The manuscripts of the works of Gerald of Wales
Rooney, Catherine Margaret
University of Cambridge
Department of Anglo-Saxon, Norse and Celtic
Doctor of Philosophy (PhD)
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Rooney, C. M. (2005). The manuscripts of the works of Gerald of Wales (Doctoral thesis). https://doi.org/10.17863/CAM.15908
My dissertation is a palaeographical study of the manuscripts of the works of Gerald of Wales (c. 1146-1223). Gerald was a churchman, a member of the court of King Henry II and a prolific author. His extensive works include historical and topographical descriptions of Ireland and Wales, theological and hagiographical studies, and several autobiographical works. Throughout his career he constantly revised these works. A hundred manuscripts containing works of Gerald survive today, and the progress of his revision of his works may be observed from the manuscript-record. I therefore devote some space to the textual history of Gerald's works in the manuscripts; however, the emphasis is on the manuscripts and therefore on what the textual history can show about them, not on the texts themselves. There is an unusually large number of manuscripts (about 20%) surviving from Gerald's lifetime, including some which are decorated and illustrated and at least one which has been described as a 'working copy'. I have studied these manuscripts closely, concentrating on finding similarities between them - particularly the appearance of the same hand in different manuscripts - which may point to a common place of production, possibly 'Gerald's scriptorium'. I have also considered the manuscript evidence for Gerald's publishing processes and the possibility of finding Gerald's autograph. I have then considered the manuscripts surviving from after Gerald's death and what they can show about the continuing tradition of his works, for example: who read them, and which were most popular; the geographical spread of the manuscript-evidence; whether different works were popular at different times, and why; the treatment of the works by later scholars, for example translation, abbreviation and excerpting. This includes evidence which I have discovered for the existence of now lost manuscripts. Finally, I have compared the manuscript-tradition of Gerald's works with that of some other twelfth-century Insular writers whose works survive in various authorial editions and/or in autograph or quasi-autograph copies.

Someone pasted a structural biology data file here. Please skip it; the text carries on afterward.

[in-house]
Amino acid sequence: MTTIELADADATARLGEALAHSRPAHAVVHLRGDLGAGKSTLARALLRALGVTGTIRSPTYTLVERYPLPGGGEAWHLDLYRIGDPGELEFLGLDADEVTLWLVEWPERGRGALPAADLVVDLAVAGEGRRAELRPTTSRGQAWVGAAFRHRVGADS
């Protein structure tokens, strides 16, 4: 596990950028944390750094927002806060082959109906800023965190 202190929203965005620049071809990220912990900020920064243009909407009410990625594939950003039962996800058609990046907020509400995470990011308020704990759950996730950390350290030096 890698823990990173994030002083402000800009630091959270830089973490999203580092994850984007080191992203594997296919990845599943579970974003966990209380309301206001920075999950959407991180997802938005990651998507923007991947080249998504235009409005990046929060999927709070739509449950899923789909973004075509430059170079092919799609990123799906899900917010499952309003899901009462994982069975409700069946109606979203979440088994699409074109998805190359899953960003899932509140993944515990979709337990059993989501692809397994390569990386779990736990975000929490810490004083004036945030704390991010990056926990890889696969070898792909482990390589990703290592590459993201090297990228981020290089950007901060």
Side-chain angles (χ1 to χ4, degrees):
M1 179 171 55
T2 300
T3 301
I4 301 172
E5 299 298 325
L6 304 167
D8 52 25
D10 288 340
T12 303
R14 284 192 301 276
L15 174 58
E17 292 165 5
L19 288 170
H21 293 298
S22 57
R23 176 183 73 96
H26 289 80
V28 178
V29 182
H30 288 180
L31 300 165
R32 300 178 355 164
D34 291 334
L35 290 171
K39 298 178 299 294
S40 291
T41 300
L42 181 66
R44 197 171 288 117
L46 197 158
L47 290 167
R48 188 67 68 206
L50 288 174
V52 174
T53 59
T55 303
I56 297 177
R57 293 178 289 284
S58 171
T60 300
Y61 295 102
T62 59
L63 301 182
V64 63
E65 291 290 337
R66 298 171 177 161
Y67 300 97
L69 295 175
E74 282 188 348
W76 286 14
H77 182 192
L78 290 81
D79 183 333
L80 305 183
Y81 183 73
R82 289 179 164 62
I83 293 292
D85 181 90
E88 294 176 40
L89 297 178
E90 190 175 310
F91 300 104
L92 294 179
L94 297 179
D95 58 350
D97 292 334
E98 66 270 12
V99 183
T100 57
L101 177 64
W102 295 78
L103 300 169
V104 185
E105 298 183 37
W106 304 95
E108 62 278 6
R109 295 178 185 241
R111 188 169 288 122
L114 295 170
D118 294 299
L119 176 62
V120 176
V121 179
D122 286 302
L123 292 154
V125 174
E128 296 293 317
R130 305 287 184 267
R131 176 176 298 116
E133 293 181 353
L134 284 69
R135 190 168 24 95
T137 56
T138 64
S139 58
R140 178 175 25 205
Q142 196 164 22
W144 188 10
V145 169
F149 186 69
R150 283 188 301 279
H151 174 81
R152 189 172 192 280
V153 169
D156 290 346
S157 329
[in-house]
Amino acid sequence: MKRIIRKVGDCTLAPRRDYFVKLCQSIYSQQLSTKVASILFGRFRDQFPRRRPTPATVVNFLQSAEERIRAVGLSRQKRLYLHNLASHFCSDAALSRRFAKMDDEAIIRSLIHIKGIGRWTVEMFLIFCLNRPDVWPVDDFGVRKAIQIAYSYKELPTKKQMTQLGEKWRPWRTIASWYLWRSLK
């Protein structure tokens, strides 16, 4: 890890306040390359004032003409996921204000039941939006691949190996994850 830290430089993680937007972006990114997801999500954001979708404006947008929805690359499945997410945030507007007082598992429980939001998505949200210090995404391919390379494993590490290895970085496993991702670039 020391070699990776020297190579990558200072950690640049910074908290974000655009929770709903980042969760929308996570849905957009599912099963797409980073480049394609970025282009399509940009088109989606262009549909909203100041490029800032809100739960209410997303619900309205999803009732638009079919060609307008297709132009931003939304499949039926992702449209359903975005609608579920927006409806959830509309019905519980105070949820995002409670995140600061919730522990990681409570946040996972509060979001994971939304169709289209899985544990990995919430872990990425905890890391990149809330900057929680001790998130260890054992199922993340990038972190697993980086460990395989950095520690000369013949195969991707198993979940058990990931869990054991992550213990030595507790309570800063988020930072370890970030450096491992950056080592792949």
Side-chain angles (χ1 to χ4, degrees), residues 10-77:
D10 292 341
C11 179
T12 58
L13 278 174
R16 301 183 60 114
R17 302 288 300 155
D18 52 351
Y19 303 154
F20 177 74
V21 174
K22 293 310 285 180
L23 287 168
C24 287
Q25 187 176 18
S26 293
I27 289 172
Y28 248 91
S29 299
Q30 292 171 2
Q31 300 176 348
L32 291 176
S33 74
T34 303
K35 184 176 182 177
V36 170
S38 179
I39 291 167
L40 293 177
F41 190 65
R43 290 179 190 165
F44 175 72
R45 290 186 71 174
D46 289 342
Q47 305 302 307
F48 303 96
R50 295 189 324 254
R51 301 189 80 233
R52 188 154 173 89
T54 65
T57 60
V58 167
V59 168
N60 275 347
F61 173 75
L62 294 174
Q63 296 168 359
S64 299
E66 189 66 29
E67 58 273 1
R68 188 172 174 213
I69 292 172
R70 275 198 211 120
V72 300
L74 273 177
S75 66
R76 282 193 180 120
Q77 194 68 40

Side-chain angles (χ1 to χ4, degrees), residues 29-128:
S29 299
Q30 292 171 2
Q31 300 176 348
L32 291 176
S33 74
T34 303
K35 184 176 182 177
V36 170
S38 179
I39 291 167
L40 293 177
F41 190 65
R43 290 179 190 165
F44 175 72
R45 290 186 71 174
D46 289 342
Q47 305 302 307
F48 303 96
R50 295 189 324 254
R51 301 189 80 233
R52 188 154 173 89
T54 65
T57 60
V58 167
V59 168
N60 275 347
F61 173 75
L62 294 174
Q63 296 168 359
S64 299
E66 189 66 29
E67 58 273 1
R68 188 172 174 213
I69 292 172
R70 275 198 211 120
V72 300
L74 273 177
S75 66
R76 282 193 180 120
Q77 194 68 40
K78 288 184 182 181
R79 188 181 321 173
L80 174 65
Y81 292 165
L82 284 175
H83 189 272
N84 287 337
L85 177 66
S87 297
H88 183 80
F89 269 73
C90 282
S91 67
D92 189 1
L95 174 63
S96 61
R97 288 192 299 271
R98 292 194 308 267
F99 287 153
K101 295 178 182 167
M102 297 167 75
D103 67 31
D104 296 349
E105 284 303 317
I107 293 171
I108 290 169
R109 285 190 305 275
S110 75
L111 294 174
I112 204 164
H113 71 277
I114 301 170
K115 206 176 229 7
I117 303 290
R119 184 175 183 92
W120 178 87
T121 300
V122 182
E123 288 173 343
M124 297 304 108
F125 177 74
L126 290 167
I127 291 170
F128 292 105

This Ph.D. was supported in the flrst nine months by a Walker Research Studentship from Queens' College, and in the following two years and three months by a Postgraduate Award from the AHRB. I have also beneflted from grants from Queens' College, the Jebb Fund and the Faculty of Histoi)' Prince Consort and Thirlwall Fund.
This record's DOI: https://doi.org/10.17863/CAM.15908
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